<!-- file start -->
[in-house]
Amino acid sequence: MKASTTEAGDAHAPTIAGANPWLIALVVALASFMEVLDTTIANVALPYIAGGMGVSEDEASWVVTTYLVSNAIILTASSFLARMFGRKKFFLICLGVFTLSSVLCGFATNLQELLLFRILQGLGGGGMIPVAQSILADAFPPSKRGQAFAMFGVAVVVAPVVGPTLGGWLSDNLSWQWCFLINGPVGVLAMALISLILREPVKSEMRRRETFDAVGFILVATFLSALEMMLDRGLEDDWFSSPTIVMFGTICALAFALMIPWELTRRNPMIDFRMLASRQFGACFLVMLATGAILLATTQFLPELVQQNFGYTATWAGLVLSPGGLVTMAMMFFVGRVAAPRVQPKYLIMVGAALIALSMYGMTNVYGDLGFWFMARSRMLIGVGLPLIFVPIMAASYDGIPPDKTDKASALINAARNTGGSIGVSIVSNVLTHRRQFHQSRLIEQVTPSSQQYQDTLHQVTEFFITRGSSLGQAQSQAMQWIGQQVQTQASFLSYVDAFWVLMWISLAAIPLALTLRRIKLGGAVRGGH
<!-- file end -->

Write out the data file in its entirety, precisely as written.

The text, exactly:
[in-house]
Amino acid sequence: MKASTTEAGDAHAPTIAGANPWLIALVVALASFMEVLDTTIANVALPYIAGGMGVSEDEASWVVTTYLVSNAIILTASSFLARMFGRKKFFLICLGVFTLSSVLCGFATNLQELLLFRILQGLGGGGMIPVAQSILADAFPPSKRGQAFAMFGVAVVVAPVVGPTLGGWLSDNLSWQWCFLINGPVGVLAMALISLILREPVKSEMRRRETFDAVGFILVATFLSALEMMLDRGLEDDWFSSPTIVMFGTICALAFALMIPWELTRRNPMIDFRMLASRQFGACFLVMLATGAILLATTQFLPELVQQNFGYTATWAGLVLSPGGLVTMAMMFFVGRVAAPRVQPKYLIMVGAALIALSMYGMTNVYGDLGFWFMARSRMLIGVGLPLIFVPIMAASYDGIPPDKTDKASALINAARNTGGSIGVSIVSNVLTHRRQFHQSRLIEQVTPSSQQYQDTLHQVTEFFITRGSSLGQAQSQAMQWIGQQVQTQASFLSYVDAFWVLMWISLAAIPLALTLRRIKLGGAVRGGH